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The program can read all the data from the pipe. However, the program just stop. It cannot continue to process. I think it stop in the child process.

//I created two pipe before fork (fd[0] and fd[1]).
//child process
if(pid == 0){
    close(fd[a][1]);
    buf[6];
    int i;
    while ((i = read(fd[a][0], buf, 6)) > 0) {
        printf("%s", buf);     
    }
    close(fd[a][0]);
exit(0); 
}

//parent process
write(fd[a][1], "12", 2);
write(fd[a][1], "14", 2);
write(fd[a][1], "15", 2);
write(fd[b][1], "12", 2);
write(fd[b][1], "14", 2);
write(fd[b][1], "15", 2);
printf("done!\n");
close(fd[0][1]);
close(fd[1][1]);
wait(NULL);
printf("Really done!!!\n");
...                      // The program cannot run after wait(NULL);

--output--
121415done
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2  
Can you make a complete example? See sscce.org –  Joachim Pileborg Apr 2 '12 at 12:24
    
@Joachim Pileborg I have provided more detail of my program. –  Eric Tang Apr 2 '12 at 13:50

3 Answers 3

up vote 0 down vote accepted

You are issuing read in a while loop, effectively blocking yourself until something goes wrong. If you need to read 6 characters, this is how you would write the child process:

char buf[7];
int left = 6;
int so_far = 0;   // instead of so_far, (6 - left) could also be used
while (left > 0)
     int num_read = read(fd[0][0], buf + so_far, left);
     left -= num_read;
     so_far += num_read;
}
buf[so_far] = '\0';
printf("%s\n", buf);     
share|improve this answer
    
Thank you for your help. I edited my code. The problem can keep processing after wait(NULL);. However, it got want output like following (child only get the first write. And it got wrong data). 2021 done! Really done!!! –  Eric Tang Apr 2 '12 at 13:36
    
Thank you so much. I solved the problem. Your code is perfect. Actually, I made some stupid mistakes so that the program cannot run in last time. –  Eric Tang Apr 2 '12 at 14:24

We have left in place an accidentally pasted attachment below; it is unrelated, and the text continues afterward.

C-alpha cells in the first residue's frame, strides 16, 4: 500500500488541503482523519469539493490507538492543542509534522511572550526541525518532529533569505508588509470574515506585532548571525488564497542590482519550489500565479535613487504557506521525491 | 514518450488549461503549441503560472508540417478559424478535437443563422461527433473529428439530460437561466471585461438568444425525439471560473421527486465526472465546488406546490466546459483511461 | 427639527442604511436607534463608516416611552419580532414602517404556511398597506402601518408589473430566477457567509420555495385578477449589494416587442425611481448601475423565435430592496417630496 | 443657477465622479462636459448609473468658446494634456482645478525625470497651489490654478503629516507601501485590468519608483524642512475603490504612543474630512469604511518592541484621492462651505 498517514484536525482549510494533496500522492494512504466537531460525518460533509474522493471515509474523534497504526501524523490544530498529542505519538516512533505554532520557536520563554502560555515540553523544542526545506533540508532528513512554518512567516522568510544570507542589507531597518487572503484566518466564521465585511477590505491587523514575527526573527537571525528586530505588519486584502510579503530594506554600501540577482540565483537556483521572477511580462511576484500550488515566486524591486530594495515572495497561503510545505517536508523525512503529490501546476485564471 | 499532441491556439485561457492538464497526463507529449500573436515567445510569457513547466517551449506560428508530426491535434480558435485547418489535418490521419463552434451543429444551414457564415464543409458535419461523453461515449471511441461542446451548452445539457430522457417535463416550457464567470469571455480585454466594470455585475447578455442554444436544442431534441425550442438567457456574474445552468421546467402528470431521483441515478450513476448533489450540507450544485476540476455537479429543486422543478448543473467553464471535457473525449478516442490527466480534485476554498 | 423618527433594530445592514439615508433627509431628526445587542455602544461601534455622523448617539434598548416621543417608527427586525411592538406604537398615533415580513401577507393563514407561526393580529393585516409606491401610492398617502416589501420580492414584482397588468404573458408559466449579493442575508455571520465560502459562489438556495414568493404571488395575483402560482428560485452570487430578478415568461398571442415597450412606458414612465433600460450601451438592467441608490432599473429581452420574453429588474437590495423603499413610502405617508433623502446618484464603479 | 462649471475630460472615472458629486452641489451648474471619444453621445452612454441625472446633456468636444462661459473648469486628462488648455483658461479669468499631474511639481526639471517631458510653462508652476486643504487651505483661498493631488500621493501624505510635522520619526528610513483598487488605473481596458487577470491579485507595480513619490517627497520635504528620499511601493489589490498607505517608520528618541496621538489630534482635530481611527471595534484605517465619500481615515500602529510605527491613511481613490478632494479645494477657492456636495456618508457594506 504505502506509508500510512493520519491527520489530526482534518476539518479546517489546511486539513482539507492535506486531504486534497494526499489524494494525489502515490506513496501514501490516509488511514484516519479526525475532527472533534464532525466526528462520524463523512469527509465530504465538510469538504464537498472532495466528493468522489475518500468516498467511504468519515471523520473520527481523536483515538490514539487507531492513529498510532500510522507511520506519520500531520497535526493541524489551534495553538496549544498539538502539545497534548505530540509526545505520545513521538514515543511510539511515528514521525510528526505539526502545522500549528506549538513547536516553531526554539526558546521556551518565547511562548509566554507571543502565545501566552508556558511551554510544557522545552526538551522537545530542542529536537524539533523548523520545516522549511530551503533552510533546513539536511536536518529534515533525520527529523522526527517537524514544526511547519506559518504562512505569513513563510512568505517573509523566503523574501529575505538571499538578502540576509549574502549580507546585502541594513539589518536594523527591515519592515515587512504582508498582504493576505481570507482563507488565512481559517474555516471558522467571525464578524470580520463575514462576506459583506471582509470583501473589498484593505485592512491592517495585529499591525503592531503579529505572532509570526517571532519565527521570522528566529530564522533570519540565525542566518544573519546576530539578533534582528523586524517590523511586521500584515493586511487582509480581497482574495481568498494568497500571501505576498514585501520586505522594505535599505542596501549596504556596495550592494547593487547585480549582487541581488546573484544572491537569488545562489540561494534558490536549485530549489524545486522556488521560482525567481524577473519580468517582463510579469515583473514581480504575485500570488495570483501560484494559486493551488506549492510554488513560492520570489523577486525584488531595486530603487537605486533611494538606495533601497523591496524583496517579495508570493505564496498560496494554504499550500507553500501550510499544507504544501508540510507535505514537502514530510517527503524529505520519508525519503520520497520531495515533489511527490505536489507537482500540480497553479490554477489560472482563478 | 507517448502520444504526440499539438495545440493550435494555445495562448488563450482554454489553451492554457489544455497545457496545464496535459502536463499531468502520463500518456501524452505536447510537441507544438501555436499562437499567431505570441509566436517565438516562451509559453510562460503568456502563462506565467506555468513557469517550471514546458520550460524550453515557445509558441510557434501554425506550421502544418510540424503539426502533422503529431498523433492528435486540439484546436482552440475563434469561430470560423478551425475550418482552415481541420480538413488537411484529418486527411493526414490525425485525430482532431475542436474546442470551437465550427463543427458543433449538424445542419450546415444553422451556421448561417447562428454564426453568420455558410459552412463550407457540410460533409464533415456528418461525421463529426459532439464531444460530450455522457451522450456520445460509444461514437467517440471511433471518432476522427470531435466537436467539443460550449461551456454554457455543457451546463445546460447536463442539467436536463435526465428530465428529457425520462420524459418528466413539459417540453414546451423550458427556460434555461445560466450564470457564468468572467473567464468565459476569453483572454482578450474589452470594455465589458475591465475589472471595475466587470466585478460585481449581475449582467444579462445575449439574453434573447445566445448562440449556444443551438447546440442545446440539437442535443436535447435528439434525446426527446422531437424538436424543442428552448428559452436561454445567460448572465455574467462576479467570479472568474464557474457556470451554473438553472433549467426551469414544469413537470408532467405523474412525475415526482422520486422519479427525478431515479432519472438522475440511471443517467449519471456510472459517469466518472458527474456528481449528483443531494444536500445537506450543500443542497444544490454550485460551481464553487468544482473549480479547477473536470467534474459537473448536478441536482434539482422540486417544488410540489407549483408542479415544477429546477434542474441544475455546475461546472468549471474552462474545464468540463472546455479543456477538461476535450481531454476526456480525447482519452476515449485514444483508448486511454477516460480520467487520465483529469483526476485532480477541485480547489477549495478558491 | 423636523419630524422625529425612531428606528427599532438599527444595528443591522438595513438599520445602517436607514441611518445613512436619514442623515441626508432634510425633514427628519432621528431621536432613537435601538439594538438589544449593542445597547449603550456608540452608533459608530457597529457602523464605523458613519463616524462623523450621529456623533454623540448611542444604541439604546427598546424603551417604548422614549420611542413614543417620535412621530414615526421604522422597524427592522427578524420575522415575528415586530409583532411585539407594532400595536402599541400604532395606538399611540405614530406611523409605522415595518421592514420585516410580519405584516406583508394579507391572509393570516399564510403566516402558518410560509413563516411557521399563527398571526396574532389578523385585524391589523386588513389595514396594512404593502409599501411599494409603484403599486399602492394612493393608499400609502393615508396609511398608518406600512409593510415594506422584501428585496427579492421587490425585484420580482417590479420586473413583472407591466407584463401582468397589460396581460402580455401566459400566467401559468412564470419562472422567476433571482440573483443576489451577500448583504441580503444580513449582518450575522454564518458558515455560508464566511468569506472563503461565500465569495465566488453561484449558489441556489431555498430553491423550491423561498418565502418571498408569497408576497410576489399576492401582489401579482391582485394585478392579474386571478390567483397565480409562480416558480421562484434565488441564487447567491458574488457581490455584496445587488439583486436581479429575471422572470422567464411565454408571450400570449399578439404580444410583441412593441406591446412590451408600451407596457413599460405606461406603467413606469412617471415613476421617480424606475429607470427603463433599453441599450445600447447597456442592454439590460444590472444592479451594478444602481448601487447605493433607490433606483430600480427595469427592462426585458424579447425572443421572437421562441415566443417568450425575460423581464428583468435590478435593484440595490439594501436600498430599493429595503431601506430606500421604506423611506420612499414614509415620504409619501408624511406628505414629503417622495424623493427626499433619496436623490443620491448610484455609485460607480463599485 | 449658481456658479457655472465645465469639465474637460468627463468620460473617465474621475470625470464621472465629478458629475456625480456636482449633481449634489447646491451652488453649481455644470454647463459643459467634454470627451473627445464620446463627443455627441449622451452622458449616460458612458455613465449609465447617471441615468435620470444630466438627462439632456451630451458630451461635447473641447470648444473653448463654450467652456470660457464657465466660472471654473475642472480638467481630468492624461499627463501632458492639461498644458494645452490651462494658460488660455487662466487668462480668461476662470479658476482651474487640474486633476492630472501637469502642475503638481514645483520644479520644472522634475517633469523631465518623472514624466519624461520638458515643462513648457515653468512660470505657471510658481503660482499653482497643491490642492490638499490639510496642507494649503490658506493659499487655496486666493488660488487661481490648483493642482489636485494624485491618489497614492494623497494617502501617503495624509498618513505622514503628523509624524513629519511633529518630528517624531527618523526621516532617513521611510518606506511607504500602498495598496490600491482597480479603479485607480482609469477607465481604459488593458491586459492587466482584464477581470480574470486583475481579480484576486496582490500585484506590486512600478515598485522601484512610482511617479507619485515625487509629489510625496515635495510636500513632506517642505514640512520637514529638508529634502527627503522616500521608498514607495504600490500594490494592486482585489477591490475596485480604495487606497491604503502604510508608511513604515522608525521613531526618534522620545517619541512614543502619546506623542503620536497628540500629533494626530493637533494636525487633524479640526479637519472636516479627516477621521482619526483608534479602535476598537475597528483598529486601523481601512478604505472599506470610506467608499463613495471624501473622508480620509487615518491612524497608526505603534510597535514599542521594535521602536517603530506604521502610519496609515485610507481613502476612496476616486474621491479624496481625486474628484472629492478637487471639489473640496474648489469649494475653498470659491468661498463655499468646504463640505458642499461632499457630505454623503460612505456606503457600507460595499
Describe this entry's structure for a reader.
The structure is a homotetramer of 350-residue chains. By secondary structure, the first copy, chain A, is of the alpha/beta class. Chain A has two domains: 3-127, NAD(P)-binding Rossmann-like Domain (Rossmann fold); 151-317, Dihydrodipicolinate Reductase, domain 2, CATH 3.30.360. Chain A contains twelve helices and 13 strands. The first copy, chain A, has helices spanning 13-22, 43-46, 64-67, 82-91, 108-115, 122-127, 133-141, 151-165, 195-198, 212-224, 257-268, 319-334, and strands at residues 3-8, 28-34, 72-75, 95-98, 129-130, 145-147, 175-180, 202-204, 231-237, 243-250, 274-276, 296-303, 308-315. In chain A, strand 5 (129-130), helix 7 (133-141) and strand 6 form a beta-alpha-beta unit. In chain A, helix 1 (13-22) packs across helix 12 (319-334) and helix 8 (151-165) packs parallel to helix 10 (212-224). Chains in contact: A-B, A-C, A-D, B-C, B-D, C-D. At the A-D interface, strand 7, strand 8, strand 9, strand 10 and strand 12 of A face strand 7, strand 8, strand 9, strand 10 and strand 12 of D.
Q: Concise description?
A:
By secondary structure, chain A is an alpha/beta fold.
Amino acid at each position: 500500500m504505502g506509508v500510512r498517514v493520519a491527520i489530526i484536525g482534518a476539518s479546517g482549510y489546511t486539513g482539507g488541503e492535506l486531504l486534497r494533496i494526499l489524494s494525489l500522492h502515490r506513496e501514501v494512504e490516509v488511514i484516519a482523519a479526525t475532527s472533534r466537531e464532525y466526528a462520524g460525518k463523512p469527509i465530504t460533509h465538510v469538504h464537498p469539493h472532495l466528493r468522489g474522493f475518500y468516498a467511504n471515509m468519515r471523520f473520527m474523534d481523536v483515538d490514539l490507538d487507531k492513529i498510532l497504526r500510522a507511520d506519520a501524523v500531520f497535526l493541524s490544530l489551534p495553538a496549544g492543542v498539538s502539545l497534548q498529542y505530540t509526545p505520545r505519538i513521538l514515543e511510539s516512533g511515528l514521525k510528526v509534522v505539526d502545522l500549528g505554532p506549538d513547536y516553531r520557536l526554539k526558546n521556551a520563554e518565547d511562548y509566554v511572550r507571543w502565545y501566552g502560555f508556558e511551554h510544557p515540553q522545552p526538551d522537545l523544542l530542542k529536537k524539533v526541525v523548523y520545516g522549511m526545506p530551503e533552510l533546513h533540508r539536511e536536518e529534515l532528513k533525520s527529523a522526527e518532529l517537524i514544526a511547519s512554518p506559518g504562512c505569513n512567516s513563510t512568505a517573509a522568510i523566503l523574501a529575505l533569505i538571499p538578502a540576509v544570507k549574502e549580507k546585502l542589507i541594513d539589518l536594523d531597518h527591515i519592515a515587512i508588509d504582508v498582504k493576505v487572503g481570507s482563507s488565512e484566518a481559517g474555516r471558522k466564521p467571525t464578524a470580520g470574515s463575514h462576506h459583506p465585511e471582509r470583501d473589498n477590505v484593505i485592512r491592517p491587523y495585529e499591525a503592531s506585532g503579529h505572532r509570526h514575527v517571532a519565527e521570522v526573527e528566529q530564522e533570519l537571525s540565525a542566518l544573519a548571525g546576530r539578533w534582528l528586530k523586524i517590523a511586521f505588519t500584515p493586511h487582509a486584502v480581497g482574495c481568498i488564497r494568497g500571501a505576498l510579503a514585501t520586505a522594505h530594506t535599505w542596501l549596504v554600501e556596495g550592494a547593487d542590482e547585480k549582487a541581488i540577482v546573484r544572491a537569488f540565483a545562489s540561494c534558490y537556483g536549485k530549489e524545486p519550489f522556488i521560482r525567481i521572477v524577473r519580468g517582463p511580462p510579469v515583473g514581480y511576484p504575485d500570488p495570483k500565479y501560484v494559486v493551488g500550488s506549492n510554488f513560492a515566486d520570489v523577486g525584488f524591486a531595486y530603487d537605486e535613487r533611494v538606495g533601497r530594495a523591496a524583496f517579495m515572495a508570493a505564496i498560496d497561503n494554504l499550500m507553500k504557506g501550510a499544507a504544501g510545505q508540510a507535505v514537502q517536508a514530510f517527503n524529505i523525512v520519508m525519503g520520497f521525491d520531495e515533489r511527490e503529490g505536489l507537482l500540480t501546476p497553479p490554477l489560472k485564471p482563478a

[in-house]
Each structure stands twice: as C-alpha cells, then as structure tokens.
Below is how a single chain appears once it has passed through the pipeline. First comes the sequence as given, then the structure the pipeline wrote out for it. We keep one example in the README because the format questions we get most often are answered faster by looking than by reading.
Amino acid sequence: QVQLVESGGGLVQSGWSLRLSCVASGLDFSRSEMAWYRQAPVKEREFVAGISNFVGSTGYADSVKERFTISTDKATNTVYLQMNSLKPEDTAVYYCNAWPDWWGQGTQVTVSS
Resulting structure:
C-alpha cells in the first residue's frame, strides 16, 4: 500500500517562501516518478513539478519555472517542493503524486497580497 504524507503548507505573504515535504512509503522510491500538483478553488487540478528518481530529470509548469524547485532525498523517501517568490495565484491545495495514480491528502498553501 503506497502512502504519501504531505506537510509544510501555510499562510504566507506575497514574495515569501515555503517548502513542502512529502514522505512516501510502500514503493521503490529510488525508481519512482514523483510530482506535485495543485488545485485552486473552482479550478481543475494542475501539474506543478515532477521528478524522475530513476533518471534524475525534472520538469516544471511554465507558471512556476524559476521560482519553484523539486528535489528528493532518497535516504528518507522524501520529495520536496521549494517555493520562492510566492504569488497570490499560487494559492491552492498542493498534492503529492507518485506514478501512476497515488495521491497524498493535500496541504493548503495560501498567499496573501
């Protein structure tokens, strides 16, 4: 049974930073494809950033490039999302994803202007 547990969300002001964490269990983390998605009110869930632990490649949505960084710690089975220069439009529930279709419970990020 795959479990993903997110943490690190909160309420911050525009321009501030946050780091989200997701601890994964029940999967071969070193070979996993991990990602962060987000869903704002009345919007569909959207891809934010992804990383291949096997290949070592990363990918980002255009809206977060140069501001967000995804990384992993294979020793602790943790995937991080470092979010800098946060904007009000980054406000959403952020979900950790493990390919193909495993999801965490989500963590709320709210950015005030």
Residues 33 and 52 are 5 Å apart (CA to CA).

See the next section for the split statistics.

I still have a little problem. How can I make a break line in the buf? –  Eric Tang Apr 2 '12 at 14:28
    
You mean a '\n'? Just where when you want: buf[so_far] = '\n'; and then ++so_far, but not --left. This is because you are generating data, so so_far goes ahead, but you still expect the same amount of data that is left –  Shahbaz Apr 2 '12 at 14:56
    
Thank For Your Help!!!! –  Eric Tang Apr 2 '12 at 17:08

The two processes are caught in a deadlock, each one waiting for the other. You want the child process to stop processing, but it waits for the parent process, because it doesn't "know" that the parent will not send any more data. To make it clear to the child, close the writing end of the pipe:

write(fd[0][1], "12", 2);
write(fd[0][1], "14", 2);
write(fd[0][1], "15", 2);
printf("done!\n");
close(fd[0][1]);
wait(NULL);
share|improve this answer
    
It is already included close(fd[0][1]) in my code. However, i didn't show it out. Sorry..... –  Eric Tang Apr 2 '12 at 12:48

I suspect you haven't closed the "write" fd in the child process, hence the call to read will block, which in turn blocks wait in the parent process.

Also: if you've omitted something from your question, as in the response to @anatolyg's answer, you should edit the question. It's the same answer I would have given at first.

share|improve this answer
    
Thank you for your suggestion. I already add close fd in the child process. However, the problem still not solve. –  Eric Tang Apr 2 '12 at 13:42
    
@EricTang - you need to close(fd[1]) or [a][1] (?) - the write file descriptor - in the child process before you start reading. –  Brett Hale Apr 2 '12 at 13:52
    
Oh, sorry I missed it. But the problem still here. –  Eric Tang Apr 2 '12 at 13:55

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